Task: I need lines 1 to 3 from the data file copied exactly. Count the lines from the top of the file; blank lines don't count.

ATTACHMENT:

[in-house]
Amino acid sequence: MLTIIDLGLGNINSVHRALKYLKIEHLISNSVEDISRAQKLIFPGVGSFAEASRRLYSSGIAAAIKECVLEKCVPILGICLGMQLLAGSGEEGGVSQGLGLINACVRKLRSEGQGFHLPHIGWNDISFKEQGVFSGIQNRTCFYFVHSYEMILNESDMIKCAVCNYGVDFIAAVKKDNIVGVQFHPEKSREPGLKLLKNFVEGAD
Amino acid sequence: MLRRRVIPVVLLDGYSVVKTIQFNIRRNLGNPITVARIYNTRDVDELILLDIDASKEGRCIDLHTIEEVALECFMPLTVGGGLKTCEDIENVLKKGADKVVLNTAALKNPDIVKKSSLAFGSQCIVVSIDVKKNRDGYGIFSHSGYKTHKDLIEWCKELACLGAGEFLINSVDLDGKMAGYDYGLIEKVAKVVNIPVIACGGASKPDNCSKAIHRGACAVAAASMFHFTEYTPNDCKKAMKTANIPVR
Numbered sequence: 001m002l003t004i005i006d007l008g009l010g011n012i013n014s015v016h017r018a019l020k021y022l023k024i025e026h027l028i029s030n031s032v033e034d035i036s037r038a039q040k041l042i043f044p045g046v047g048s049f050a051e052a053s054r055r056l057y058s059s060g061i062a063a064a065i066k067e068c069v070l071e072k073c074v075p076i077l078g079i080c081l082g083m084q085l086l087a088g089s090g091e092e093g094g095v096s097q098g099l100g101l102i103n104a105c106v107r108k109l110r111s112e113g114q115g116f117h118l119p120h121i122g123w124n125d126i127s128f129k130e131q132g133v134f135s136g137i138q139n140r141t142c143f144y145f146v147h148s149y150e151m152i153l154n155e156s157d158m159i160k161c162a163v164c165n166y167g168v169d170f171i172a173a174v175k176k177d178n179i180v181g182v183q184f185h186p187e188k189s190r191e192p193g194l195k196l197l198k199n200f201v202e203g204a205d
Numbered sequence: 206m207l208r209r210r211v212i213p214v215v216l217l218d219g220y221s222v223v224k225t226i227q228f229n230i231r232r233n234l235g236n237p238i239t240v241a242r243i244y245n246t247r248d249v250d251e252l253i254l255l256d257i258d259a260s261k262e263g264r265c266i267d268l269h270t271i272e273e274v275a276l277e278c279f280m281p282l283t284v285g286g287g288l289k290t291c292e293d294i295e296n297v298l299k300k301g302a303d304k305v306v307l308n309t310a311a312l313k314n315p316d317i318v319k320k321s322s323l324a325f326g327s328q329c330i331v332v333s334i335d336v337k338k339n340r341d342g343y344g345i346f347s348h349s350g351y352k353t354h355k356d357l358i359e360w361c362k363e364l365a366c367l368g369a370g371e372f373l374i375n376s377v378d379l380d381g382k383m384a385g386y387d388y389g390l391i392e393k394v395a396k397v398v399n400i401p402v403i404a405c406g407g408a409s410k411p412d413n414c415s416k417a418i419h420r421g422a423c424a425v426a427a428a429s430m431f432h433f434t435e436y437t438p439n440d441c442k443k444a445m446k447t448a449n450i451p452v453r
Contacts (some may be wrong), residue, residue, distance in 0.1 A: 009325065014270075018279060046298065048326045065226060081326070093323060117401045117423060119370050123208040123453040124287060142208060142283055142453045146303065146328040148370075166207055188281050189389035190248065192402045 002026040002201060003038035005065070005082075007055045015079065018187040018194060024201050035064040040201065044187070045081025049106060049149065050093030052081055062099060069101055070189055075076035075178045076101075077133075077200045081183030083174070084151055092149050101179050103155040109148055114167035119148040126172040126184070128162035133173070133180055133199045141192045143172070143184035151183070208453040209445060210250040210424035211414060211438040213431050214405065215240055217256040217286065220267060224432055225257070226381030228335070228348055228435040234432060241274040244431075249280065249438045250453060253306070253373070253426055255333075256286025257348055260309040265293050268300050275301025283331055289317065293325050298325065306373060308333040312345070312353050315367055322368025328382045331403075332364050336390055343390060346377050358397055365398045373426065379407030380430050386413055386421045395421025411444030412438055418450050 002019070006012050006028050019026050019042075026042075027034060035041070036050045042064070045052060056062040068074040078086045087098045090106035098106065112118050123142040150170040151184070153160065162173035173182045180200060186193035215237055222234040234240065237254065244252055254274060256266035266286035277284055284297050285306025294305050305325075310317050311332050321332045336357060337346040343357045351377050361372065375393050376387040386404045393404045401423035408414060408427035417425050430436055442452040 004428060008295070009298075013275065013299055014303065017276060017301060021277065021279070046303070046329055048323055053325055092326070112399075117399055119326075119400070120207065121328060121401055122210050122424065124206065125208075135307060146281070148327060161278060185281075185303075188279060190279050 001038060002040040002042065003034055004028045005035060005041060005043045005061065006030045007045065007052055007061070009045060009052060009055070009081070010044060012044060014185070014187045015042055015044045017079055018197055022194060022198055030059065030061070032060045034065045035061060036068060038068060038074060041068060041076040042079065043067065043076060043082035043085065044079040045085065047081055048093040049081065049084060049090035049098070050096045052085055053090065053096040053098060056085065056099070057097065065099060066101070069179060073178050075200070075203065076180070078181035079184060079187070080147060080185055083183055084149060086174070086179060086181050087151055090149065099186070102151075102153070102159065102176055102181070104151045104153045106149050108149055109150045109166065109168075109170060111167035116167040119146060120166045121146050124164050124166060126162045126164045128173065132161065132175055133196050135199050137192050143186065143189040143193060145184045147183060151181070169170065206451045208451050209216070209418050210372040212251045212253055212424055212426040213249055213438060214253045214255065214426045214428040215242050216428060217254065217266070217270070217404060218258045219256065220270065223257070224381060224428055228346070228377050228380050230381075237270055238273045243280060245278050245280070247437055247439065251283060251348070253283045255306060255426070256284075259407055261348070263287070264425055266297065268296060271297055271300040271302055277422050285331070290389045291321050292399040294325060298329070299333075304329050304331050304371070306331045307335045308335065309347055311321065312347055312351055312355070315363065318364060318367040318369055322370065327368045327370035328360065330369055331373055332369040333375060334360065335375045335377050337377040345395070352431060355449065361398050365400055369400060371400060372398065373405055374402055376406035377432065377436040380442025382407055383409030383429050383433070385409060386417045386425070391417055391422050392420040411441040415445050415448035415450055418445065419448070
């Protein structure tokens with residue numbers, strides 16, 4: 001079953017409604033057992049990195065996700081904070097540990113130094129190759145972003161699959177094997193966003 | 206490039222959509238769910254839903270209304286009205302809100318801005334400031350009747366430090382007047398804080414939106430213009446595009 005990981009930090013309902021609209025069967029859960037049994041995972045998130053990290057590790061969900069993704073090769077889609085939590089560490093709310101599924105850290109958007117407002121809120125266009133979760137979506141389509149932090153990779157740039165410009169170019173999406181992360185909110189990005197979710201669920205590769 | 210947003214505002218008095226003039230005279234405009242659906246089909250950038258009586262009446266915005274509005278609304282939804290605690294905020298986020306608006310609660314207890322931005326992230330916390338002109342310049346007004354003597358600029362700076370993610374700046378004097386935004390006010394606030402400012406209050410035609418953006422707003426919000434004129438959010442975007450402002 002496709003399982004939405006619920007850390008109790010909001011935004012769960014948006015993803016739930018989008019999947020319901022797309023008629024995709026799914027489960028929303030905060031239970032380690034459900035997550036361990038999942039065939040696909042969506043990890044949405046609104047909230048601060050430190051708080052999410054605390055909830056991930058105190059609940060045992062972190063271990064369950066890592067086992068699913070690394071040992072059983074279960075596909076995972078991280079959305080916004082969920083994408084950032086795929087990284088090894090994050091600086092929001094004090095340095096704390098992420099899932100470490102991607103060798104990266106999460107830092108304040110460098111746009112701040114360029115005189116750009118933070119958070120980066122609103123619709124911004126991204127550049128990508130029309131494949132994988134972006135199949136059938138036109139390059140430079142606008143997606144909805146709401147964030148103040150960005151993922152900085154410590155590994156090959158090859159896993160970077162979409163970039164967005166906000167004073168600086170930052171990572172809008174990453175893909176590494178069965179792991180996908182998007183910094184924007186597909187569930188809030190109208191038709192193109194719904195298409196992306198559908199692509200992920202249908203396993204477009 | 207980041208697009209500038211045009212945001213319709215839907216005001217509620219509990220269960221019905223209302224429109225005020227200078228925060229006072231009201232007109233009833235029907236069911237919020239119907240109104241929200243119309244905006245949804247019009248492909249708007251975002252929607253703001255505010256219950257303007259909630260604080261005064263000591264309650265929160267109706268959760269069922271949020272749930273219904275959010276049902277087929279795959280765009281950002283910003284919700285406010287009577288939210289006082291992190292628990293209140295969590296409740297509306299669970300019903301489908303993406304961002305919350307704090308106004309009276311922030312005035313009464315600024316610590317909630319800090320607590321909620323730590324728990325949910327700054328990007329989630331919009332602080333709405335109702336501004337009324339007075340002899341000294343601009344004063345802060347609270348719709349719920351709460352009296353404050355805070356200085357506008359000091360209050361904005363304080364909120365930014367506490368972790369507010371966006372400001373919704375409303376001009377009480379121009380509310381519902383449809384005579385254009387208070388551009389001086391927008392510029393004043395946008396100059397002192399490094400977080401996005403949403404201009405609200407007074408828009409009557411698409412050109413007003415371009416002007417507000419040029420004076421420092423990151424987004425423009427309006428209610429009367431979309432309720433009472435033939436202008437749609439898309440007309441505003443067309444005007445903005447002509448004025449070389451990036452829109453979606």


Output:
[in-house]
Amino acid sequence: MLTIIDLGLGNINSVHRALKYLKIEHLISNSVEDISRAQKLIFPGVGSFAEASRRLYSSGIAAAIKECVLEKCVPILGICLGMQLLAGSGEEGGVSQGLGLINACVRKLRSEGQGFHLPHIGWNDISFKEQGVFSGIQNRTCFYFVHSYEMILNESDMIKCAVCNYGVDFIAAVKKDNIVGVQFHPEKSREPGLKLLKNFVEGAD
Amino acid sequence: MLRRRVIPVVLLDGYSVVKTIQFNIRRNLGNPITVARIYNTRDVDELILLDIDASKEGRCIDLHTIEEVALECFMPLTVGGGLKTCEDIENVLKKGADKVVLNTAALKNPDIVKKSSLAFGSQCIVVSIDVKKNRDGYGIFSHSGYKTHKDLIEWCKELACLGAGEFLINSVDLDGKMAGYDYGLIEKVAKVVNIPVIACGGASKPDNCSKAIHRGACAVAAASMFHFTEYTPNDCKKAMKTANIPVR